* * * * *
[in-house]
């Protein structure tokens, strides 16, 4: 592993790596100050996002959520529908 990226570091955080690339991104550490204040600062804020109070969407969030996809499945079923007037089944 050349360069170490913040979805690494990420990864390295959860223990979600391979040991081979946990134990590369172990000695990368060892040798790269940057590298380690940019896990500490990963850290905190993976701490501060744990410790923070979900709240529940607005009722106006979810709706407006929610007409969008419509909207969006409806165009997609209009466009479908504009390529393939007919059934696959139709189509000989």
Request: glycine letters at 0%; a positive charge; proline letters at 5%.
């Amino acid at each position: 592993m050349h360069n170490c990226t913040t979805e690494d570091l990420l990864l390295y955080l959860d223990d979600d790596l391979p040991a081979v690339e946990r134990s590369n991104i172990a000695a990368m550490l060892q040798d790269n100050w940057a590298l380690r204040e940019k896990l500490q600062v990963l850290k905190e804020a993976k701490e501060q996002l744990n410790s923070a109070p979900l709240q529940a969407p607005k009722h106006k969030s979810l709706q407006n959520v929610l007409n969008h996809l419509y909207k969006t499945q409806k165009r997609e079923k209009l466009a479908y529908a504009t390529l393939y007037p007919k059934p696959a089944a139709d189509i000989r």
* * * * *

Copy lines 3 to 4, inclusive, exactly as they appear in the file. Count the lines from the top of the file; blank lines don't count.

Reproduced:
Request: glycine letters at 0%; a positive charge; proline letters at 5%.
């Amino acid at each position: 592993m050349h360069n170490c990226t913040t979805e690494d570091l990420l990864l390295y955080l959860d223990d979600d790596l391979p040991a081979v690339e946990r134990s590369n991104i172990a000695a990368m550490l060892q040798d790269n100050w940057a590298l380690r204040e940019k896990l500490q600062v990963l850290k905190e804020a993976k701490e501060q996002l744990n410790s923070a109070p979900l709240q529940a969407p607005k009722h106006k969030s979810l709706q407006n959520v929610l007409n969008h996809l419509y909207k969006t499945q409806k165009r997609e079923k209009l466009a479908y529908a504009t390529l393939y007037p007919k059934p696959a089944a139709d189509i000989r």